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Semana Santa processions a 500-year tradition in Ronda, Spain

Ronda, an ancient striking hilltop city of just under 35,000 people in Andalucia, in the south of Spain, has its own tradition of Holy Week processions marking the Passion of Jesus, dating back to the mid-16th century, less than 100 years after the city was recaptured from Muslim control.

Though not carried out on as grand a scale as in Seville, the Holy Week processions are, given the proportionate sizes of the cities, as significant as in Seville. Ronda even has its own stylistic “school” of design for the images and pasos, the elaborate, carried platforms that bear the images. In 2016 there were 13 Holy Week processions in Ronda, including the one featured here, that of the Hermandad de Santisimo Cristo de la Sangre y Nuestra Señora del Mayor Dolor, the Brotherhood of the Blood of the Most Holy Christ and of Our Lady of Great Sorrows, commonly known as El Silencio, or the Hermandad del Silencio, the Brotherhood of Silence. The confraternity dates to the 16th century, but was refounded in 1947, at the beginning of a period of revival and growth of confraternities.

The images and videos here don’t provide a full accounting of Holy Week in Ronda but do allow a glimpse into the activities of the confraternity both inside the church, as it prepares to process, and in the streets. 1 El Silencio is headquartered in Santa Maria la Mayor (St. Mary Major) church, in the oldest part of the city. It processes on Wednesday night from 11 p.m. to 3 a.m. By 9 p.m., confraternity members arrive at the chapel, having walked from their homes silently in their robes, often with family members. They gather in the chapel for a brief address by their leader and a Mass, open only to members of that confraternity and their families. Inside the chapel, the hours beforehand are a mix of ordinary, low-key preparation and devotion. Members gather and share warm greetings, prepare for their particular roles, take photos, listen to the confraternity director and celebrated Mass together. A few participants cry as they see the paso brought before them.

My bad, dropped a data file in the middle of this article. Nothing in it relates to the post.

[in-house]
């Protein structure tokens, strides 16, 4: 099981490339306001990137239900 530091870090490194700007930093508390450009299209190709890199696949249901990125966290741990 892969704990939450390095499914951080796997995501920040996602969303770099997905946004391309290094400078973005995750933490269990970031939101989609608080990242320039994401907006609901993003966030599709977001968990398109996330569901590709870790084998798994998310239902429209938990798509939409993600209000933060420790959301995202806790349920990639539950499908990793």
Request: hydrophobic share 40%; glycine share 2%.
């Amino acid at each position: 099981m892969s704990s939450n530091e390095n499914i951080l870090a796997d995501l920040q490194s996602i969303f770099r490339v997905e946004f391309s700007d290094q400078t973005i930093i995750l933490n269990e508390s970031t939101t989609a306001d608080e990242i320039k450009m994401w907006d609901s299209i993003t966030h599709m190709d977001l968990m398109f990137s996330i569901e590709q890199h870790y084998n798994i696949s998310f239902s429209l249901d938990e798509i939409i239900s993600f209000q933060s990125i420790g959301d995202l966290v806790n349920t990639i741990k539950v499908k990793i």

Just before 11 p.m., the paso is brought outside and the processants line up. At 11, the captain knocks three times and a huge curtain is drawn to show the paso and to begin the procession. Unlike most other processions, the Hermandad del Silencio’s procession is largely silent, and is often said to be the most intense of the week. A few drums or horns launch different stages of the procession, but generally there is no musical accompaniment. The only “music” is the sound of chains, affixed to barefoot penitent’s ankles, dragging along the cobblestones, as they process from the old city over the bridge into the new, for a four-hour procession.

  • 1. The images and commentary on the Holy Week in Ronda are based on observation as and interviews conducted during Holy Week of 2016. Special thanks to the Hermandad del Silencio for providing the opportunity to witness and film the events in the church before the procession.
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